Mediterranean worms thriving in Dublin

A thriving colony of Mediterranean French earthworms has been found on a farm in Dublin.

A thriving colony of Mediterranean French earthworms has been found on a farm in Dublin.

Global warming could explain how the worms swapped their home in sunny south-west France for Ireland, scientists believe.

Rising soil temperatures may be extending the habitat range of the Gallic worm, Prosellodrilus amplisetosus.

"Soil decomposer species including earthworms are frequently introduced into non-native soils by human activities like the transportation of nursery plants or live fish bait," said Dr Olaf Schmidt, from University College Dublin.

"There have been a few recordings of the earthworm P. amplisetosus outside of its native range in the Aquitaine region of south-western France, but now we have discovered a successfully thriving population in Ireland, about 1,000 kilometres north of its native habitat."

A study of the worms led by Dr Schmidt appears in the Royal Society journal Biology Letters.

Urban farms have higher temperatures than rural farms, which may have helped the worms become established in their new home, say the researchers.

The average annual temperature in Aquitaine is about 3C higher than in Dublin.

The discovery brings the total number of known earthworms living in Irish soils to 27.

According to the scientists, the French worm should not be regarded as an "invasive species", since it does not directly compete for resources with other native worms.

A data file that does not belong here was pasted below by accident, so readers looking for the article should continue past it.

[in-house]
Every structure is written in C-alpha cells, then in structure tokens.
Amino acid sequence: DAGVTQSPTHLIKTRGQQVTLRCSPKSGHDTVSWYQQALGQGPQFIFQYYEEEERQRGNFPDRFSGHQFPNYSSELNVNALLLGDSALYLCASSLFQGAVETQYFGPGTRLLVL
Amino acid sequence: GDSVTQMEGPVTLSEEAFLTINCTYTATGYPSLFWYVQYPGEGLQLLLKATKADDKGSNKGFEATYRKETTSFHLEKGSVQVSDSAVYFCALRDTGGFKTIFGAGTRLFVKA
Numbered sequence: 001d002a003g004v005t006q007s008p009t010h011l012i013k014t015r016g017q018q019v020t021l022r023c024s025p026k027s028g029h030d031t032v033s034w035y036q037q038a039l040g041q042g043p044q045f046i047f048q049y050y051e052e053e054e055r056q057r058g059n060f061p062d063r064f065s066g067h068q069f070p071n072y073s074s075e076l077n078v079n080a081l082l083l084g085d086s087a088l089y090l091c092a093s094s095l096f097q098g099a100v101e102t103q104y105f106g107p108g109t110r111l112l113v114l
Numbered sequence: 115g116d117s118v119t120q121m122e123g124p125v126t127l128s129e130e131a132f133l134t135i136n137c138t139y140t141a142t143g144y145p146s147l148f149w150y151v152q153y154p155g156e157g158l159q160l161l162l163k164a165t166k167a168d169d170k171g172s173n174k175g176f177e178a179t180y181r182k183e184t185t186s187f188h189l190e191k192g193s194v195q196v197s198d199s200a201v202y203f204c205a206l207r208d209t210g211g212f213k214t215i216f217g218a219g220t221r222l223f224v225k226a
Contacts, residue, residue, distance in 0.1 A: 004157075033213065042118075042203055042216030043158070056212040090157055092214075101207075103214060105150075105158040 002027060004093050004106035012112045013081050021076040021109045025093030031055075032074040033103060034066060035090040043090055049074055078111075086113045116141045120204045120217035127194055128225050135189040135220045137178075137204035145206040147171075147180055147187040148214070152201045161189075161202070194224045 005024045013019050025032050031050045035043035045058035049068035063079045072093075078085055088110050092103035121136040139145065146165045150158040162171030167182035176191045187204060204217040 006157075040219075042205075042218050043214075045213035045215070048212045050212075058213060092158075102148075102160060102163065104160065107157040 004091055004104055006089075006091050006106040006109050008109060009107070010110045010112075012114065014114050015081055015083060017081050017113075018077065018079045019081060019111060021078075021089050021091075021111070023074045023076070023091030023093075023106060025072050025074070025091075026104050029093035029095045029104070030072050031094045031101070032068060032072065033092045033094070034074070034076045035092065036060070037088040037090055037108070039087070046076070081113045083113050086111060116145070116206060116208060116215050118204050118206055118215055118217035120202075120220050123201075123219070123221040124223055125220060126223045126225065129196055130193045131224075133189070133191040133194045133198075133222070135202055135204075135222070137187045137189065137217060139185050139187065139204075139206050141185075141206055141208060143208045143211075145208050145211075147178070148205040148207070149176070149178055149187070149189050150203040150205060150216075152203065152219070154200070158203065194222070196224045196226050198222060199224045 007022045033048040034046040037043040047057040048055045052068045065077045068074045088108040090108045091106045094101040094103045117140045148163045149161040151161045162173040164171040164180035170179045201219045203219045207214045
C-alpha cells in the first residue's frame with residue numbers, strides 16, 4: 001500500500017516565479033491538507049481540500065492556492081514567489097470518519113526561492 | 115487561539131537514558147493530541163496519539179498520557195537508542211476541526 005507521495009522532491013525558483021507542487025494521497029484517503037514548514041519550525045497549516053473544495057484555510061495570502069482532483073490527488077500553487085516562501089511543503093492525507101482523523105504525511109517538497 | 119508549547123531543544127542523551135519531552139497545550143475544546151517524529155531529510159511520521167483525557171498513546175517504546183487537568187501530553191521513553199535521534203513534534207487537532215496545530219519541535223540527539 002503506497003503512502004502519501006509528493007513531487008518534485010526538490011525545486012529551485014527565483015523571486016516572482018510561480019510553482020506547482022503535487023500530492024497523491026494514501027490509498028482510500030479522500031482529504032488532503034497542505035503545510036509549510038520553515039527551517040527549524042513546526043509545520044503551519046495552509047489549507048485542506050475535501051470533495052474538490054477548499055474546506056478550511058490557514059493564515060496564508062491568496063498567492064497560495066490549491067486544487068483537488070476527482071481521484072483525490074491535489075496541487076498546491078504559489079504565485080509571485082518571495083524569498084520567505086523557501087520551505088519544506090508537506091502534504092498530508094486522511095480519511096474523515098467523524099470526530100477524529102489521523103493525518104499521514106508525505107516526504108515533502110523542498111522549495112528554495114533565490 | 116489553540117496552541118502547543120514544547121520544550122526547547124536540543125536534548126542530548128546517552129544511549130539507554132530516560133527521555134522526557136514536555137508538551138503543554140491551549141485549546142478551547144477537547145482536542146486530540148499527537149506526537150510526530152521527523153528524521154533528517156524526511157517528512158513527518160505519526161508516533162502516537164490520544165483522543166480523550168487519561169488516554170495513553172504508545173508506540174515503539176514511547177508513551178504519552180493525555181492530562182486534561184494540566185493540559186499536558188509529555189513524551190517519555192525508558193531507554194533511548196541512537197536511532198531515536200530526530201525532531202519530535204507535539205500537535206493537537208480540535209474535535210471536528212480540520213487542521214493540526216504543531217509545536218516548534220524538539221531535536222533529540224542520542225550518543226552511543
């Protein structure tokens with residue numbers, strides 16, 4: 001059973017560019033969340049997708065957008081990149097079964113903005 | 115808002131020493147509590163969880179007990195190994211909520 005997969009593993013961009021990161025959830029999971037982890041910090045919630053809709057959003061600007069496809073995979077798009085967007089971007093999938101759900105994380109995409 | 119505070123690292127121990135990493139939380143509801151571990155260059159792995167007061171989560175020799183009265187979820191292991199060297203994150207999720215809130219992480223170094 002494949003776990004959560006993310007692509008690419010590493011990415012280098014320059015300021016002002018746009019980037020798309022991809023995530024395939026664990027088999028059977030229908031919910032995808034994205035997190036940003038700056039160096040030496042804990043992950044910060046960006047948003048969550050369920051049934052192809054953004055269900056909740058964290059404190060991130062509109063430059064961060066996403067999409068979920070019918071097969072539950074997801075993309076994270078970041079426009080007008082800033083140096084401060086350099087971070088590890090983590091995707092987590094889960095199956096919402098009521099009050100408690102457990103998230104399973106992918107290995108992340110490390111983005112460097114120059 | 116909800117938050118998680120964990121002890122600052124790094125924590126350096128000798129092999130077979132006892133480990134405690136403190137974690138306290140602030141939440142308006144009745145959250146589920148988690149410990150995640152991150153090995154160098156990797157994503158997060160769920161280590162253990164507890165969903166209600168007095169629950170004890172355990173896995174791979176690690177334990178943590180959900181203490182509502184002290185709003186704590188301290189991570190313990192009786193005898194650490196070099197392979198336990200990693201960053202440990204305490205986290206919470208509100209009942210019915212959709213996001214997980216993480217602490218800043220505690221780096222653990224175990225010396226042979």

"By comparing the chemical composition of the worms, we discovered that the newcomers feed on a portion of the soil that the other resident earthworms do not use," said co-author Carol Melody, a Phd student also from University College Dublin.

"P. amplisetosus is a soil decomposer that eats organic carbon in portions of the soil to which the resident worm species don't have access."

But Dr Schmidt warned that the worm's feeding habits could lead to higher greenhouse gas emissions.

"If other soil decomposers like P. amplisetosus start to expand their habitat ranges we could see increasing amounts of carbon dioxide being released from the soil where previously this carbon had been locked up because it was inaccessible to native earthworm species," he said.

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